Kampong Cham


It was an early start from Siem Reap leaving the guesthouse at 6.30, it was a smooth 4-5hr bus ride to Kampong Cham. Getting off the bus the usual swarm of Tuk-tuk drivers were there to meet me. I ended up going with one guy loading up my large pack, back pack and camera all on the back of this motto taxi along with me as well. I stayed at a pretty dingy guesthouse a block from the Mekong, I had my own room and it cost $4.

IMG_4051I hired a push bike for the rest of the day to explore the town and check out a few of the sites. First stop was Wat Nokor, this Buddhist temple is a mix of old and new. Built within the walls of an Angkorian style Mahayana shrine the Theravada Wat was small but beautifully decorated with the walls covered in murals depicting stories of Shakymuni Buddha. Immediately surrounding the temple were other religious buildings, statues, monk residences, a burial ground, a school and further ruins. A wall from the old temple surrounded much of this area with a village lying beyond.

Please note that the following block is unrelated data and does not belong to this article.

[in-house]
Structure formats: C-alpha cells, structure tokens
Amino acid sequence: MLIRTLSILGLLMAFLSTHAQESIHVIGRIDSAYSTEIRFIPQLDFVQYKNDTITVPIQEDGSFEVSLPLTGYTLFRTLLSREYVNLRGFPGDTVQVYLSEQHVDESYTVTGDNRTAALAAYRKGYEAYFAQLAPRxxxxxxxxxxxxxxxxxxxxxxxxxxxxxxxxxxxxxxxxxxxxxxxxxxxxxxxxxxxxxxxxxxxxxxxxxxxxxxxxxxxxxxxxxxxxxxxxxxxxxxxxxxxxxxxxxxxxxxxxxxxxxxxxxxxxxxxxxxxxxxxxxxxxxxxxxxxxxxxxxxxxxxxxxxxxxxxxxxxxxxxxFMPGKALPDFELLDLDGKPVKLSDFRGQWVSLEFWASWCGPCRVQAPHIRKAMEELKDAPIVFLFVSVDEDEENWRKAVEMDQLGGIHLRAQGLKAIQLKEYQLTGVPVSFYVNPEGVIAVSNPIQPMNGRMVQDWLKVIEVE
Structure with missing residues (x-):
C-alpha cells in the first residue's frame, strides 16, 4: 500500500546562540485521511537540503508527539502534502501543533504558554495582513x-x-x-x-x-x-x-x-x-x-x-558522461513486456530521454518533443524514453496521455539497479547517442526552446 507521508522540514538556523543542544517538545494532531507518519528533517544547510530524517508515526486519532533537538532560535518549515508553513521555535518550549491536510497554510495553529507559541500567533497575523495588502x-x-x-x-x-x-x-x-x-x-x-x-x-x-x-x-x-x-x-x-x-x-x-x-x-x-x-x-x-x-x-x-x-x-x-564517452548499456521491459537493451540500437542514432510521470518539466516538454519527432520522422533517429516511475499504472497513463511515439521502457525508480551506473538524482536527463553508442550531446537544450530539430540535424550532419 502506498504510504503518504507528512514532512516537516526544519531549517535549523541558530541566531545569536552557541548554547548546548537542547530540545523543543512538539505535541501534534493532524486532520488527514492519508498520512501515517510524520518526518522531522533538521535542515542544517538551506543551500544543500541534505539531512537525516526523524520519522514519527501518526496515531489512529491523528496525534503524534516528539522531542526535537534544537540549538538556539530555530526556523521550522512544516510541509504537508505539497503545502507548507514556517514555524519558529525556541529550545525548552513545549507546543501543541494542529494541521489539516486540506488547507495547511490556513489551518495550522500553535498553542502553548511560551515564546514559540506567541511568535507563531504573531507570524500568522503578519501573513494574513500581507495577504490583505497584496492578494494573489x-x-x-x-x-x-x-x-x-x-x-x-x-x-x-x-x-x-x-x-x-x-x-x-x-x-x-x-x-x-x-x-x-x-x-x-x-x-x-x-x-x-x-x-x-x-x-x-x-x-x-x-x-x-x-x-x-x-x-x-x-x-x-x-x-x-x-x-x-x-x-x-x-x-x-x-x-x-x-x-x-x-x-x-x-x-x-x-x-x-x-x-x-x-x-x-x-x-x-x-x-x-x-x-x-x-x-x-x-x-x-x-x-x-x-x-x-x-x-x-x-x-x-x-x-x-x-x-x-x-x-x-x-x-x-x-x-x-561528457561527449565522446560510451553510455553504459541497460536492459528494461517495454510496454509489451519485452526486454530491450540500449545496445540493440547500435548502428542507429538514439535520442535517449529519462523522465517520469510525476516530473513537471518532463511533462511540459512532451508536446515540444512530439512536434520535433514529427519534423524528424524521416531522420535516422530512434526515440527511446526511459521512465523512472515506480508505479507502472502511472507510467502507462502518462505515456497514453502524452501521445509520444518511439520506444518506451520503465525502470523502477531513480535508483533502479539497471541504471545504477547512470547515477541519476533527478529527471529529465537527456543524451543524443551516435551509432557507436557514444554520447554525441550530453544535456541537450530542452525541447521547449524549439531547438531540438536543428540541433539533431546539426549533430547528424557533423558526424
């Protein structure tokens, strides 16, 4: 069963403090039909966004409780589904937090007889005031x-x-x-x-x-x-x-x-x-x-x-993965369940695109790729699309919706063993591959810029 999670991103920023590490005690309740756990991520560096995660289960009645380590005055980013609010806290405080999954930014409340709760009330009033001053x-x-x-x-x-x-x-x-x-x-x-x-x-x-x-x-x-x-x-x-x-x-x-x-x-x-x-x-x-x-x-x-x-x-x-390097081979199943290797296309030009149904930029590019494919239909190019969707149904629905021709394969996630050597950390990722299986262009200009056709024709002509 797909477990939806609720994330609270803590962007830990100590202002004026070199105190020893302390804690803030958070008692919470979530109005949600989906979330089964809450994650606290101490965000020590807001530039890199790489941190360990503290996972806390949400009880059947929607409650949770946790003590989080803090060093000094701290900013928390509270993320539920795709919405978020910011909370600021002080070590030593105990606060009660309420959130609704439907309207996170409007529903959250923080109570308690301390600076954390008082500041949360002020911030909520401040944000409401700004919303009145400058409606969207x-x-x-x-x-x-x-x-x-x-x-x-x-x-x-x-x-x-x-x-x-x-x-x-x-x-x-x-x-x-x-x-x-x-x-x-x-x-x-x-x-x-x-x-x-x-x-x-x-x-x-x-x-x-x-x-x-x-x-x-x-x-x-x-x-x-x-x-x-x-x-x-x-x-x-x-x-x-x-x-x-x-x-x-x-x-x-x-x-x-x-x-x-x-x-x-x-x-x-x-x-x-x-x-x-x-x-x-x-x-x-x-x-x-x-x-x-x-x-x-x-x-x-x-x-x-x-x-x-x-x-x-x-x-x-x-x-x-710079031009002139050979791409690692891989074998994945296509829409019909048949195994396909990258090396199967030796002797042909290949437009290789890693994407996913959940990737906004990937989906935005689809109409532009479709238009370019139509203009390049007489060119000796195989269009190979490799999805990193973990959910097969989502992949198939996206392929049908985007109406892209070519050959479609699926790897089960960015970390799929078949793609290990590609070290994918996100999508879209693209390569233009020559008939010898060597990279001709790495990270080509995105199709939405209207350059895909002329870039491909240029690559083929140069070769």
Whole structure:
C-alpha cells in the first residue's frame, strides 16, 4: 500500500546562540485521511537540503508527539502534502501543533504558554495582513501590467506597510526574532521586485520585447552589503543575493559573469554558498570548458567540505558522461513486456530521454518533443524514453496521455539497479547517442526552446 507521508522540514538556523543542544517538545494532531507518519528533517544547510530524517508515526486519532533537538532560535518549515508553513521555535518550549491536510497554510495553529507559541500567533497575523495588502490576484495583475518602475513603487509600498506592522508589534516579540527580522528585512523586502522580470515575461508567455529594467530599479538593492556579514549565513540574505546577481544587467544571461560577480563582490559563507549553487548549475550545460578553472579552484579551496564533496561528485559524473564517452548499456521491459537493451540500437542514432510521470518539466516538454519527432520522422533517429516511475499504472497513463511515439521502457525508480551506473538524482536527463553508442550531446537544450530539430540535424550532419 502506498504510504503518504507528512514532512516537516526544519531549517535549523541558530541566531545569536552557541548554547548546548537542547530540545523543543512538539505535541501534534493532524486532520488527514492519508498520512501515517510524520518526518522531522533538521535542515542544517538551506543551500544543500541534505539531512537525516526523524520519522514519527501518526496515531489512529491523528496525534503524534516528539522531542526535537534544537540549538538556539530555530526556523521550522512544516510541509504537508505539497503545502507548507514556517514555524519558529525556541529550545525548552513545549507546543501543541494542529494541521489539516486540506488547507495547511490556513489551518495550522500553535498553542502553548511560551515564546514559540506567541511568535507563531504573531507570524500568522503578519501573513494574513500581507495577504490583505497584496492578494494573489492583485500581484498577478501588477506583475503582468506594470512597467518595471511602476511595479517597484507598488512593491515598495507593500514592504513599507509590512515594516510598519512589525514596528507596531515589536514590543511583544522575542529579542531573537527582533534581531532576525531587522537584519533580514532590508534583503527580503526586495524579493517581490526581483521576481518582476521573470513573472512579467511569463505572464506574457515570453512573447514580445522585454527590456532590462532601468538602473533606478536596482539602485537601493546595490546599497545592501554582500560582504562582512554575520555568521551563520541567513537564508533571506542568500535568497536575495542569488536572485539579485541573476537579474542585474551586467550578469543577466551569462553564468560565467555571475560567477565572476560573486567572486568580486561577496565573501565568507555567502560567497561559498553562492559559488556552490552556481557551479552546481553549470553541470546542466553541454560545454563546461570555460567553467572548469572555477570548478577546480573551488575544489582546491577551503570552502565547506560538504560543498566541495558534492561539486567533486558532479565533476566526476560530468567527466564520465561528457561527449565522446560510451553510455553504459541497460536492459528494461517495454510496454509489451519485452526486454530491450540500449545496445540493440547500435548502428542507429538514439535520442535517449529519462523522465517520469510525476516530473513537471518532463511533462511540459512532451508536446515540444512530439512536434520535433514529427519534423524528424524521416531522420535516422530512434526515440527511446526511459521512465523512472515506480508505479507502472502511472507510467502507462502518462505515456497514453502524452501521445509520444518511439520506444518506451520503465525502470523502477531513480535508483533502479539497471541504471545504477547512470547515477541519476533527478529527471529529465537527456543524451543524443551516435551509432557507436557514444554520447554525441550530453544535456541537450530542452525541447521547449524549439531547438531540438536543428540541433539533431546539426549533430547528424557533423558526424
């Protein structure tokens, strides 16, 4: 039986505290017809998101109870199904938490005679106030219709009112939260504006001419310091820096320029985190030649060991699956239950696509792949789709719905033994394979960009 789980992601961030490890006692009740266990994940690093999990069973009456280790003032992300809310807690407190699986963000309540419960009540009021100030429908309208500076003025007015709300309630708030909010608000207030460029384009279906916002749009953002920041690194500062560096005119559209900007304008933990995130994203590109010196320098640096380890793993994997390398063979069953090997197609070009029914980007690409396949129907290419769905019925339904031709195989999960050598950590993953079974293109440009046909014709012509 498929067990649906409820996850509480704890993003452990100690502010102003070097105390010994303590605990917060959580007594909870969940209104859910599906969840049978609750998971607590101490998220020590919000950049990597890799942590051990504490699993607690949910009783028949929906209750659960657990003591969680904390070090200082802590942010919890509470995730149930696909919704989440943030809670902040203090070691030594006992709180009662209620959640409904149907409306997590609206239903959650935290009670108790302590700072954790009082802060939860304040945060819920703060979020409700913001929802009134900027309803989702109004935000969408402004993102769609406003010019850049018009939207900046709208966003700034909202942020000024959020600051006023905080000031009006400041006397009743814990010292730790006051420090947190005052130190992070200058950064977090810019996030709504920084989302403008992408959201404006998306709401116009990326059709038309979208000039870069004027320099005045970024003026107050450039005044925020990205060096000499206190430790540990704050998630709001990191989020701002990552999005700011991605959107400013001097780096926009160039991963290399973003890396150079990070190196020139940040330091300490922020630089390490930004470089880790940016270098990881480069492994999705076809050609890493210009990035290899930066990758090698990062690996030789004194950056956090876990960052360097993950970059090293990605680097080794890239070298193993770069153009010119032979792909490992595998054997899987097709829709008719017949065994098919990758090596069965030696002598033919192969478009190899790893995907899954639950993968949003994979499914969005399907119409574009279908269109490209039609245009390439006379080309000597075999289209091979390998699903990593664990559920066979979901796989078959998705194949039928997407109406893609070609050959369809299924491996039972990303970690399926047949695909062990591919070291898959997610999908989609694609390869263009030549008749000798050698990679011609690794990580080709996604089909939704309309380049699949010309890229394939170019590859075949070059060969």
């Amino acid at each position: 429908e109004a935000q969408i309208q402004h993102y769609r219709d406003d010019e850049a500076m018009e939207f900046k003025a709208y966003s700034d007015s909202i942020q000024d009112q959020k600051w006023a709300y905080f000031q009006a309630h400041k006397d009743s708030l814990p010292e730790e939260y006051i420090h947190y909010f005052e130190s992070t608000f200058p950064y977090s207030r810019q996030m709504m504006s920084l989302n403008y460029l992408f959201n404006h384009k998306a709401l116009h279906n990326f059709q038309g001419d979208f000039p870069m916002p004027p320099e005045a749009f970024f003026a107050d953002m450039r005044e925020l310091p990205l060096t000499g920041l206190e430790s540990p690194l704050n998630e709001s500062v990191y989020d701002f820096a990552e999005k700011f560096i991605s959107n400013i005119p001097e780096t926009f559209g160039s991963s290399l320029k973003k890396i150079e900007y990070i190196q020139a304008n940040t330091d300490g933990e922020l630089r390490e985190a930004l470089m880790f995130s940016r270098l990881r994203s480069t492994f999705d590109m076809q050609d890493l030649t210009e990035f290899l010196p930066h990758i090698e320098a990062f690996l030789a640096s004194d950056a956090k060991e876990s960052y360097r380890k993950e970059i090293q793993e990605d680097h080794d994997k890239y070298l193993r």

I then rode back into town and along the Mekong to the Bamboo Bridge. This bridge, made entirely of bamboo was quite a sight. It is rebuilt every December after being washed away during the annual monsoon rains. Despite being made of bamboo it is strong enough for cars to traverse. It was stable although slippery on a pushbike, I rode quite carefully as I didn’t want to end up in the water. I wasn’t able to explore the island on the other side of the bridge as the sand was too soft to ride on. In the distance I could see some derelict dwellings on the foreshore and local fisherman cruising the river, armed with cast nets and fishing poles. There is a full village on the island but I wasn’t able to reach or see it from bridge landing, I still had to pay the toll fee (on a bamboo bridge…). In the morning I would then move on to Ban Lung.

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